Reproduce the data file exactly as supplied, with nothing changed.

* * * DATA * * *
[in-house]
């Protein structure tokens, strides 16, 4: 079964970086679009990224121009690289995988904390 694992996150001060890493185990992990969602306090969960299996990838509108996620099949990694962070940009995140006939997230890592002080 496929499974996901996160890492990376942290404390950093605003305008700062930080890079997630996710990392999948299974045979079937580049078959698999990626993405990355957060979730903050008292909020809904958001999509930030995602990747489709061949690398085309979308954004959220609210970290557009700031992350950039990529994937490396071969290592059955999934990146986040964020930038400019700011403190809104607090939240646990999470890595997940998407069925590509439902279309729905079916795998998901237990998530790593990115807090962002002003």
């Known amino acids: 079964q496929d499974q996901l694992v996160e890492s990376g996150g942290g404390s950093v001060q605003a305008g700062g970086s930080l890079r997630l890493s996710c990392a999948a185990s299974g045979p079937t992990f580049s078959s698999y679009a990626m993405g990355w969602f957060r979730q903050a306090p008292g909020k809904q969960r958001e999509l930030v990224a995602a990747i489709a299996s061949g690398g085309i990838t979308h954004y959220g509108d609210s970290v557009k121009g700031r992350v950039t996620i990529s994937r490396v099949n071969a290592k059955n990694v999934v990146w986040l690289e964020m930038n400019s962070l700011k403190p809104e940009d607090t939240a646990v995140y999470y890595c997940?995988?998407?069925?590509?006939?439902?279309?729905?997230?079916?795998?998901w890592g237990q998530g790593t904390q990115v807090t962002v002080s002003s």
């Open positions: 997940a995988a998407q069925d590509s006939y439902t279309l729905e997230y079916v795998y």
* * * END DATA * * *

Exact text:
[in-house]
């Protein structure tokens, strides 16, 4: 079964970086679009990224121009690289995988904390 694992996150001060890493185990992990969602306090969960299996990838509108996620099949990694962070940009995140006939997230890592002080 496929499974996901996160890492990376942290404390950093605003305008700062930080890079997630996710990392999948299974045979079937580049078959698999990626993405990355957060979730903050008292909020809904958001999509930030995602990747489709061949690398085309979308954004959220609210970290557009700031992350950039990529994937490396071969290592059955999934990146986040964020930038400019700011403190809104607090939240646990999470890595997940998407069925590509439902279309729905079916795998998901237990998530790593990115807090962002002003």
């Known amino acids: 079964q496929d499974q996901l694992v996160e890492s990376g996150g942290g404390s950093v001060q605003a305008g700062g970086s930080l890079r997630l890493s996710c990392a999948a185990s299974g045979p079937t992990f580049s078959s698999y679009a990626m993405g990355w969602f957060r979730q903050a306090p008292g909020k809904q969960r958001e999509l930030v990224a995602a990747i489709a299996s061949g690398g085309i990838t979308h954004y959220g509108d609210s970290v557009k121009g700031r992350v950039t996620i990529s994937r490396v099949n071969a290592k059955n990694v999934v990146w986040l690289e964020m930038n400019s962070l700011k403190p809104e940009d607090t939240a646990v995140y999470y890595c997940?995988?998407?069925?590509?006939?439902?279309?729905?997230?079916?795998?998901w890592g237990q998530g790593t904390q990115v807090t962002v002080s002003s």
């Open positions: 997940a995988a998407q069925d590509s006939y439902t279309l729905e997230y079916v795998y």